Aviation industry, research institutions collaborate to make jet fuel from forest residues
December 2, 2015 /3BL Media/ - Boeing (NYSE: BA), the University of British Columbia (UBC) and SkyNRG, with support from Canada's aviation industry and other stakeholders, are collaborating to turn leftover branches, sawdust and other forest-industry waste into sustainable aviation biofuel.
November 11, 2015 /3BL Media/ - The Boeing Company has announced a $500,000 donation to the International African American Museum during the 2015 Equal Opportunity Day Dinner hosted by the Columbia Urban League.
Research focuses on the use of recyclled carbon fiber composite materials
November 6, 2015 /3BL Media/ - Boeing (NYSE: BA), Washington State University, and the Washington Stormwater Center announced today that they will collaborate to research and develop stronger permeable pavement through the use of recycled carbon fiber composite material.
How one team seeks ways to cut waste, conserve resources
Matt Mercer and his team don’t let their successes in reducing waste and conserving resources stop them from always looking ahead at what they can do better.
“It’s a mindset of continuous improvement. When we put our recycling program in place, we thought, ‘Why stop there? Let’s see how we can eliminate all of the waste we send to landfills’,” said Mercer, environment and safety leader at Boeing’s Oklahoma City facility.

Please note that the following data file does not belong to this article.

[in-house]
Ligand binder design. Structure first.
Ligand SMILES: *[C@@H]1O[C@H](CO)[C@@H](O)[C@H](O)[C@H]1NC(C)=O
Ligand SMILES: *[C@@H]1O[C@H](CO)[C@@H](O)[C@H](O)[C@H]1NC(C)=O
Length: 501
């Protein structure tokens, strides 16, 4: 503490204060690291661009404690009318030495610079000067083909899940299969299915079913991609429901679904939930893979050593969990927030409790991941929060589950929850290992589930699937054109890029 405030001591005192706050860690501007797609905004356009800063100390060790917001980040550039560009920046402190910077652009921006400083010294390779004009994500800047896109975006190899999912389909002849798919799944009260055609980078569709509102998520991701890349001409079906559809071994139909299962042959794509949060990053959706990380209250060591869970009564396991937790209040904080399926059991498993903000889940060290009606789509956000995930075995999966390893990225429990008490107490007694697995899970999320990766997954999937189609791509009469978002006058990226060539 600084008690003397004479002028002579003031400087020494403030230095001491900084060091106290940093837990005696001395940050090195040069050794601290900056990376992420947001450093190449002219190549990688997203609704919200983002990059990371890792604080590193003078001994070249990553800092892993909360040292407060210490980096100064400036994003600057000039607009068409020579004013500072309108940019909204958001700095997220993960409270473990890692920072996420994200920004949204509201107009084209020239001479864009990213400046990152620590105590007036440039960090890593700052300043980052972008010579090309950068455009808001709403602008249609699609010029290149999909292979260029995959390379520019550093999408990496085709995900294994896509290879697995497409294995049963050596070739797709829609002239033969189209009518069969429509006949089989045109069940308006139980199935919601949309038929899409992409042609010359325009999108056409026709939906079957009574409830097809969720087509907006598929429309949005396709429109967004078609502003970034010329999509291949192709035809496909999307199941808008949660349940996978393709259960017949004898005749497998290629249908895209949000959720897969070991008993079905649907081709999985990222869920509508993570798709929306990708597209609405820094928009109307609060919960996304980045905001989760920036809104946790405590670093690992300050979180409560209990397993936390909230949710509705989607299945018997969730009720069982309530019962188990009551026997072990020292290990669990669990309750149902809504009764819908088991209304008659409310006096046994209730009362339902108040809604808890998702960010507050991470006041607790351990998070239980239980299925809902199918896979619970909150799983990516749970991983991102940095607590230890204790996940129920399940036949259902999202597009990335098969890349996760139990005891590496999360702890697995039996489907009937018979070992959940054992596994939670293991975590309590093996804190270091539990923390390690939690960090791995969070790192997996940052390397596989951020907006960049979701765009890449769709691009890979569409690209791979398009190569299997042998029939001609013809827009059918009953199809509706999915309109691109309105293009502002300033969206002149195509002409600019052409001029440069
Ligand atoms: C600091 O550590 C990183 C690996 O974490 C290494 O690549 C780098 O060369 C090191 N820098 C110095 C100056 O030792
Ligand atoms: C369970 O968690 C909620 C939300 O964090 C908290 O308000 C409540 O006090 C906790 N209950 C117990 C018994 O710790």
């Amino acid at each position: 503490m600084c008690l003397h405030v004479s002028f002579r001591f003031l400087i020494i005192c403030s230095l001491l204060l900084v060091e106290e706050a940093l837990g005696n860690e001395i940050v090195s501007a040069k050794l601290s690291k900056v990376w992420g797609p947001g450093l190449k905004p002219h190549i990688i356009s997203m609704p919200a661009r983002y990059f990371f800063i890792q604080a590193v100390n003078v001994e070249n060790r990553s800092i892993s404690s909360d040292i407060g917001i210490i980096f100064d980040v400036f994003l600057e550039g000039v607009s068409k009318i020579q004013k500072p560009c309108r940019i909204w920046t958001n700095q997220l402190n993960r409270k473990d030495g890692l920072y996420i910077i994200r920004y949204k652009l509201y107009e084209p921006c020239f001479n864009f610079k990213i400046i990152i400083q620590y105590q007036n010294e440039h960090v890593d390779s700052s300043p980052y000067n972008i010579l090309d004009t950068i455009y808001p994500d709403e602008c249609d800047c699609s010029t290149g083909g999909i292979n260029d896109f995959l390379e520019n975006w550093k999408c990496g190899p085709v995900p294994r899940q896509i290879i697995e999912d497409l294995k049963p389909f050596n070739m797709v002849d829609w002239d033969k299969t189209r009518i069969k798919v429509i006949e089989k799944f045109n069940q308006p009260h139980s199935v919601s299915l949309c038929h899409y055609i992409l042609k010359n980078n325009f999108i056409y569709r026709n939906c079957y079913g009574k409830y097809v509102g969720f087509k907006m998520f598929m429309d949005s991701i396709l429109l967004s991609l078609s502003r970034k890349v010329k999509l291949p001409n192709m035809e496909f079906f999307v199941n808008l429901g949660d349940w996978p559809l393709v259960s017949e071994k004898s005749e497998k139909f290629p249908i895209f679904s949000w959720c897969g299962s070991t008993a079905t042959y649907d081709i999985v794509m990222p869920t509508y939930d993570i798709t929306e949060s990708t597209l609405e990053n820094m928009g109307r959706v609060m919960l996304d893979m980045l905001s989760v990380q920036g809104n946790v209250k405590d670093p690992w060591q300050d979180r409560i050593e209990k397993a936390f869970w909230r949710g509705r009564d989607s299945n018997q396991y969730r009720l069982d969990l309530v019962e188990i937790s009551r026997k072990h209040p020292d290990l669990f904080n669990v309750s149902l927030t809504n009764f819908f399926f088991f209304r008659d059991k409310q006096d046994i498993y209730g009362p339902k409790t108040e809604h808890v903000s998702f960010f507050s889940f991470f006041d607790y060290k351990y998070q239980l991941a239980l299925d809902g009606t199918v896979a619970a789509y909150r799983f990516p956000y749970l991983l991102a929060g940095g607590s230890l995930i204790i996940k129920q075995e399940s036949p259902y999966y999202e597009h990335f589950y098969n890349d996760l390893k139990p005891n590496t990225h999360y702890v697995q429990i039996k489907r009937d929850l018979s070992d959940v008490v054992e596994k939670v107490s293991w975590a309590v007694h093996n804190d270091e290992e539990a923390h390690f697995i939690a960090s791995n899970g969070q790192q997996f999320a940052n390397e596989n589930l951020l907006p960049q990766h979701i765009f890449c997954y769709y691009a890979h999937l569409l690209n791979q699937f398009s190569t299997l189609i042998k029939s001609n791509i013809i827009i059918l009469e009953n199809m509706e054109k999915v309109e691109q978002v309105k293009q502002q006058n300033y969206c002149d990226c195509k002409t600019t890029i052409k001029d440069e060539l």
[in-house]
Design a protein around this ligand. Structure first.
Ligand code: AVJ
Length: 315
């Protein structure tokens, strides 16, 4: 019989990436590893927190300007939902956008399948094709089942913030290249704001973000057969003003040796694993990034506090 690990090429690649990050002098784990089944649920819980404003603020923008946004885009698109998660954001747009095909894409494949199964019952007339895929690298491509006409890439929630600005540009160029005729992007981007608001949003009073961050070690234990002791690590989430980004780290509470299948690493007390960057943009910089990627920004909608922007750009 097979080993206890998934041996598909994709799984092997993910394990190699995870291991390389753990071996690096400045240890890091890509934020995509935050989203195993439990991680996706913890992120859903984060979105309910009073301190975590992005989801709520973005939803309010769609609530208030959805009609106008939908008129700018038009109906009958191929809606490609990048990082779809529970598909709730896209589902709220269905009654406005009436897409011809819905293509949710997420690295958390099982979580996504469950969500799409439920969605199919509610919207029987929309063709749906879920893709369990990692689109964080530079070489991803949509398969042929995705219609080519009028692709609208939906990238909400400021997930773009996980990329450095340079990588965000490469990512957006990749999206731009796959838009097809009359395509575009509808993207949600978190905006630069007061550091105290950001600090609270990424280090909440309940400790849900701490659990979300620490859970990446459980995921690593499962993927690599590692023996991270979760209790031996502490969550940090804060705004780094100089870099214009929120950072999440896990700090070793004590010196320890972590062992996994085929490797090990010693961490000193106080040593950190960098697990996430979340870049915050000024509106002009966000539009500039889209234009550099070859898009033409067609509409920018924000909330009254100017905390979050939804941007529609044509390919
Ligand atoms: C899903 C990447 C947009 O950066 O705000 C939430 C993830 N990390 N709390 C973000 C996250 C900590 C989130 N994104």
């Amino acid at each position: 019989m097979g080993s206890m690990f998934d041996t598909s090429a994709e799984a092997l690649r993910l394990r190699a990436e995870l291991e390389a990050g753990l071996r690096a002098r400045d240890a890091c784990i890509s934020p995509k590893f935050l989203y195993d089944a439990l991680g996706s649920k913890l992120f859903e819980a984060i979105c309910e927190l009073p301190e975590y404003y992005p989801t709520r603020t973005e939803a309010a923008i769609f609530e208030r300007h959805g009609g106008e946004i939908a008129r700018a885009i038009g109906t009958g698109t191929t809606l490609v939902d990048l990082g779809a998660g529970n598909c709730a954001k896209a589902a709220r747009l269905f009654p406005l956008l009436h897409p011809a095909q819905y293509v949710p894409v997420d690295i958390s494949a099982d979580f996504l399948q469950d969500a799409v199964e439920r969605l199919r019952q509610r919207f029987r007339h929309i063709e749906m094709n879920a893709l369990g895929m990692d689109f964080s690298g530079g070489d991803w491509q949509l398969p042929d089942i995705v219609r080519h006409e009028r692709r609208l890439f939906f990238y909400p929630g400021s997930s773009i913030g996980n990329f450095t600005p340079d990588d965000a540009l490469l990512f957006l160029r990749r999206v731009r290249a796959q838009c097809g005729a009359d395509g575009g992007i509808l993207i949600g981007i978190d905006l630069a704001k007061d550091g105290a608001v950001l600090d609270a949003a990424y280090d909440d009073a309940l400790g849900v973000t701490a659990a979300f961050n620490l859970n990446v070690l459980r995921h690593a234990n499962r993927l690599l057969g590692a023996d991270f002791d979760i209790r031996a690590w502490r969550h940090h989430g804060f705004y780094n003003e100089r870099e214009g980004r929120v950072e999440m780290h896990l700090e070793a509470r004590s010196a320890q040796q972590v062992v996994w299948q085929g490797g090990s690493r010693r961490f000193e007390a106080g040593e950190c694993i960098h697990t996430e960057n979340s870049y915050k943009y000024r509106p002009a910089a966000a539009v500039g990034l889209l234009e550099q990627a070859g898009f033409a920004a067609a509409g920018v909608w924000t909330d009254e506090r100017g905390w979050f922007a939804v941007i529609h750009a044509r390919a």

R&D – and patience – lead to environmentally responsible new materials for aircraft.
Finding solutions to some of the tough environmental issues facing the aerospace industry isn’t easy or fast. But Jill Seebergh and a team of engineers and scientists in Boeing’s Chemical Technology Group aren’t daunted by the long lead times in research and development.
Commercial Airplanes Environmental Performance develop strategies to improve the efficiency and reduce the fuel consumption and community noise of Boeing aircraft.
When the pilot of a Boeing aircraft changes course to avoid bad weather or an airport approach to save fuel, the airplane may be following a flight strategy designed by engineer Bill Peterson and his team in Commercial Airplanes Environmental Performance.
“Our focus is on operational efficiency. When an aircraft enters into service with a Boeing customer, we want to make sure it operates at peak efficiency on every flight, from takeoff to landing,” Peterson said.
The Duwamish River is probably the hardest-working river in Washington. It has long supported industry, with Boeing building thousands of World War II airplanes on its shores. It has been dredged, channelized and, yes, heavily polluted along the way — it became a Superfund site in 2001.